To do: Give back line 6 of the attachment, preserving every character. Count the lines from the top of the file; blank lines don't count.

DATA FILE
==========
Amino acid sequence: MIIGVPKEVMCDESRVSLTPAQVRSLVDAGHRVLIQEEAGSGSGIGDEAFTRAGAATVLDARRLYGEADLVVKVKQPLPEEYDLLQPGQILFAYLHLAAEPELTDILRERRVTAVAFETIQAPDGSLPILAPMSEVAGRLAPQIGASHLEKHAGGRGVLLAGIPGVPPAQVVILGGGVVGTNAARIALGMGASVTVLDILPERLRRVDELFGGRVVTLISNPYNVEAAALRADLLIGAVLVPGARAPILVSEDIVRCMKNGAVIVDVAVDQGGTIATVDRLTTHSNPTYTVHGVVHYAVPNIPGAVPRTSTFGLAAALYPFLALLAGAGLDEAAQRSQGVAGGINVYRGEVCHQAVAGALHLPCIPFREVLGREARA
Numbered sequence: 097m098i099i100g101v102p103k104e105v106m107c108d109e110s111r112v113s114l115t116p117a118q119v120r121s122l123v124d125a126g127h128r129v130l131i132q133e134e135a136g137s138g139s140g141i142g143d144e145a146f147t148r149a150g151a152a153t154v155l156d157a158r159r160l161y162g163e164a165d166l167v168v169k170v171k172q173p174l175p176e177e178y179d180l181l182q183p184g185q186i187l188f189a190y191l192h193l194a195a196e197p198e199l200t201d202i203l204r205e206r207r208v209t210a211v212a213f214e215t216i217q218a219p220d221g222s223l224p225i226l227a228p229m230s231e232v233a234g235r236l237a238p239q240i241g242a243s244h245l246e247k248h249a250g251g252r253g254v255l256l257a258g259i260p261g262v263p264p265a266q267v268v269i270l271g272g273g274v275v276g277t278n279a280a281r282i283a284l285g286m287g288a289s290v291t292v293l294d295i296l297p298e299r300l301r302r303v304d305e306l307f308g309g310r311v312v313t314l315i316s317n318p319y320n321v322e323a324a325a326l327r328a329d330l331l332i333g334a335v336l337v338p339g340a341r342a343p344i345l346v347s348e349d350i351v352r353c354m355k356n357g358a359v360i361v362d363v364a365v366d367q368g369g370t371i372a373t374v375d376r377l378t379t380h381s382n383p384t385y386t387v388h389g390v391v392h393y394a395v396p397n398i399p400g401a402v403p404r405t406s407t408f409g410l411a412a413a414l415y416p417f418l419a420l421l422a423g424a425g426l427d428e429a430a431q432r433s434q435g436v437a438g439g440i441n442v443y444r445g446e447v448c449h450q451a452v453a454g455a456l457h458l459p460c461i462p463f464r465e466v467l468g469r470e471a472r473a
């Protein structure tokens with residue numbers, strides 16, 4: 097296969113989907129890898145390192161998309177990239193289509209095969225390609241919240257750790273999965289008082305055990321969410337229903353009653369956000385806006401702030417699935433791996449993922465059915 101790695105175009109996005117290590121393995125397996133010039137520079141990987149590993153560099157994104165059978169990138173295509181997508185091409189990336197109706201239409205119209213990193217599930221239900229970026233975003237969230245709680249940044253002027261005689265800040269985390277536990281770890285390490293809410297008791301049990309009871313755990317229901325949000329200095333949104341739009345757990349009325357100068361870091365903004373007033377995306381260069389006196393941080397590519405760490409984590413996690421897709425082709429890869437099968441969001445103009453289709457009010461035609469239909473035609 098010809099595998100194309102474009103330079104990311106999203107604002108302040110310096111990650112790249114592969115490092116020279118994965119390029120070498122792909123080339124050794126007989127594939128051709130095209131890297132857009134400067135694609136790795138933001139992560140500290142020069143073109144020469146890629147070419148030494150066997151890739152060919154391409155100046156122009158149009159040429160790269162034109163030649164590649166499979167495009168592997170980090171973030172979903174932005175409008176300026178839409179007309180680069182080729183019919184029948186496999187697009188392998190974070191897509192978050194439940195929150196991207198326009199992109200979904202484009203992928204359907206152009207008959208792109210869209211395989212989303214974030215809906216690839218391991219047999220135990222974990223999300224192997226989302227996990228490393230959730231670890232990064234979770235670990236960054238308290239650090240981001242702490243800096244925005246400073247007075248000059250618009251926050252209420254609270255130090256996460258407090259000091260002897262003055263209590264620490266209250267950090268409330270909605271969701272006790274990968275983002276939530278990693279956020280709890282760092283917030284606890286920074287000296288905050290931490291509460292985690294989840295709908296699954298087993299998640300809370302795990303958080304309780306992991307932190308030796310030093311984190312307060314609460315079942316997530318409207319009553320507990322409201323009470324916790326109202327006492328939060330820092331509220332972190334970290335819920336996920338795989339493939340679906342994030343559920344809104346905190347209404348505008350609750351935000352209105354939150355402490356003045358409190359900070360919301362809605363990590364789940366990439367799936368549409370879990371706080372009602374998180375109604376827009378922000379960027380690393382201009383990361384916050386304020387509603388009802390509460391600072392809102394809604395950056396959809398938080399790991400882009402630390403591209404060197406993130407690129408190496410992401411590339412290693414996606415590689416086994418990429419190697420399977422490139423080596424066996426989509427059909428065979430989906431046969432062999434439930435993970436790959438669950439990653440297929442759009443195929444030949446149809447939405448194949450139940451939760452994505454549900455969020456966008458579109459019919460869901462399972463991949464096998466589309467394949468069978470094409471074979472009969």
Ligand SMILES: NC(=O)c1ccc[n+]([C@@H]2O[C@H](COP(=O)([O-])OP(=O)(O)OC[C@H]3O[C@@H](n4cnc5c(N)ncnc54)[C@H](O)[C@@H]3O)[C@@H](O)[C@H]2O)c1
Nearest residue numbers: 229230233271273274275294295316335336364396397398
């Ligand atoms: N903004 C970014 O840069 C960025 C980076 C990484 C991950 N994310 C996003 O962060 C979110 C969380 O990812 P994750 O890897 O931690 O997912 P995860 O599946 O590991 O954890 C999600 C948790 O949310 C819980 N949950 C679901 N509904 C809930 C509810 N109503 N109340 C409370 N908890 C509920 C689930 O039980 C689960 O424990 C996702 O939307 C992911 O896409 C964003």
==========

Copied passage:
């Ligand atoms: N903004 C970014 O840069 C960025 C980076 C990484 C991950 N994310 C996003 O962060 C979110 C969380 O990812 P994750 O890897 O931690 O997912 P995860 O599946 O590991 O954890 C999600 C948790 O949310 C819980 N949950 C679901 N509904 C809930 C509810 N109503 N109340 C409370 N908890 C509920 C689930 O039980 C689960 O424990 C996702 O939307 C992911 O896409 C964003």